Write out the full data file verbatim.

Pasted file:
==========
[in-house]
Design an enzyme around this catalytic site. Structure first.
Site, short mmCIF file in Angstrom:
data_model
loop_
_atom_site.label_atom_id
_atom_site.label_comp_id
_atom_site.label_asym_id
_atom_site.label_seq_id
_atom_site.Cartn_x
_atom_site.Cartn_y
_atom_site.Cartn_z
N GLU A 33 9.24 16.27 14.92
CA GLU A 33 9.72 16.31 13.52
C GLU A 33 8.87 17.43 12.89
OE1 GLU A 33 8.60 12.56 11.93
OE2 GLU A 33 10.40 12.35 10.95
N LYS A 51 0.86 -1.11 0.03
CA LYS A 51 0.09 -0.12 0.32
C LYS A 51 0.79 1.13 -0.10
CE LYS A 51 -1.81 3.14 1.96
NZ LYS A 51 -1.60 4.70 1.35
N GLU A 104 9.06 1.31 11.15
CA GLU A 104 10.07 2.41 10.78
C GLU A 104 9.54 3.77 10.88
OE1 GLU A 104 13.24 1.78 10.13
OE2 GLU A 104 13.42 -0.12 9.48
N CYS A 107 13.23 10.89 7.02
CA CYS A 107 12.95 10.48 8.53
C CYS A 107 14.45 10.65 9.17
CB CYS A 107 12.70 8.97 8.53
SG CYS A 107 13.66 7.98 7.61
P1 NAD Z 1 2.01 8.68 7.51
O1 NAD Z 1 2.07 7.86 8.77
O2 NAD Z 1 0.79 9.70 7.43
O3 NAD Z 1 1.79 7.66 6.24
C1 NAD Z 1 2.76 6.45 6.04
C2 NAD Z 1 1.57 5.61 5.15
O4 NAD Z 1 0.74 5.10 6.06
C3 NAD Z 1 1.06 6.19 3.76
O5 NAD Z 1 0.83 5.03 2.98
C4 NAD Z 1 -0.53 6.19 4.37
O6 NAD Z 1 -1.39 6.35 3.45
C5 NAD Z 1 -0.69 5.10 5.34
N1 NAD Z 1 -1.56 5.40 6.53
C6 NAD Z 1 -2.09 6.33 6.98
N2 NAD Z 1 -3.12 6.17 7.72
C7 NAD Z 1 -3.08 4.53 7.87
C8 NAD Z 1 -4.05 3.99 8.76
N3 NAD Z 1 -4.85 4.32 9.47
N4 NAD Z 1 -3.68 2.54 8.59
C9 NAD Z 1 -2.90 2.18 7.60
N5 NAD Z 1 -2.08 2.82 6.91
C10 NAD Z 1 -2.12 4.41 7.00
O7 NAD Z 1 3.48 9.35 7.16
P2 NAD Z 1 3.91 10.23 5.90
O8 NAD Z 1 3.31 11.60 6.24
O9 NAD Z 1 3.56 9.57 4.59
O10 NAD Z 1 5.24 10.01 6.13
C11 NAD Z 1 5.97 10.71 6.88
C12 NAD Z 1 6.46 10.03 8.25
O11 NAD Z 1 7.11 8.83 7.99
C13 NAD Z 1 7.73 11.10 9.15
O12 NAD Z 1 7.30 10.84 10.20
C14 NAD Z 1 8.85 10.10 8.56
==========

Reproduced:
[in-house]
Design an enzyme around this catalytic site. Structure first.
Site, short mmCIF file in Angstrom:
data_model
loop_
_atom_site.label_atom_id
_atom_site.label_comp_id
_atom_site.label_asym_id
_atom_site.label_seq_id
_atom_site.Cartn_x
_atom_site.Cartn_y
_atom_site.Cartn_z
N GLU A 33 9.24 16.27 14.92
CA GLU A 33 9.72 16.31 13.52
C GLU A 33 8.87 17.43 12.89
OE1 GLU A 33 8.60 12.56 11.93
OE2 GLU A 33 10.40 12.35 10.95
N LYS A 51 0.86 -1.11 0.03
CA LYS A 51 0.09 -0.12 0.32
C LYS A 51 0.79 1.13 -0.10
CE LYS A 51 -1.81 3.14 1.96
NZ LYS A 51 -1.60 4.70 1.35
N GLU A 104 9.06 1.31 11.15
CA GLU A 104 10.07 2.41 10.78
C GLU A 104 9.54 3.77 10.88
OE1 GLU A 104 13.24 1.78 10.13
OE2 GLU A 104 13.42 -0.12 9.48
N CYS A 107 13.23 10.89 7.02
CA CYS A 107 12.95 10.48 8.53
C CYS A 107 14.45 10.65 9.17
CB CYS A 107 12.70 8.97 8.53
SG CYS A 107 13.66 7.98 7.61
P1 NAD Z 1 2.01 8.68 7.51
O1 NAD Z 1 2.07 7.86 8.77
O2 NAD Z 1 0.79 9.70 7.43
O3 NAD Z 1 1.79 7.66 6.24
C1 NAD Z 1 2.76 6.45 6.04
C2 NAD Z 1 1.57 5.61 5.15
O4 NAD Z 1 0.74 5.10 6.06
C3 NAD Z 1 1.06 6.19 3.76
O5 NAD Z 1 0.83 5.03 2.98
C4 NAD Z 1 -0.53 6.19 4.37
O6 NAD Z 1 -1.39 6.35 3.45
C5 NAD Z 1 -0.69 5.10 5.34
N1 NAD Z 1 -1.56 5.40 6.53
C6 NAD Z 1 -2.09 6.33 6.98
N2 NAD Z 1 -3.12 6.17 7.72
C7 NAD Z 1 -3.08 4.53 7.87
C8 NAD Z 1 -4.05 3.99 8.76
N3 NAD Z 1 -4.85 4.32 9.47
N4 NAD Z 1 -3.68 2.54 8.59
C9 NAD Z 1 -2.90 2.18 7.60
N5 NAD Z 1 -2.08 2.82 6.91
C10 NAD Z 1 -2.12 4.41 7.00
O7 NAD Z 1 3.48 9.35 7.16
P2 NAD Z 1 3.91 10.23 5.90
O8 NAD Z 1 3.31 11.60 6.24
O9 NAD Z 1 3.56 9.57 4.59
O10 NAD Z 1 5.24 10.01 6.13
C11 NAD Z 1 5.97 10.71 6.88
C12 NAD Z 1 6.46 10.03 8.25
O11 NAD Z 1 7.11 8.83 7.99
C13 NAD Z 1 7.73 11.10 9.15
O12 NAD Z 1 7.30 10.84 10.20
C14 NAD Z 1 8.85 10.10 8.56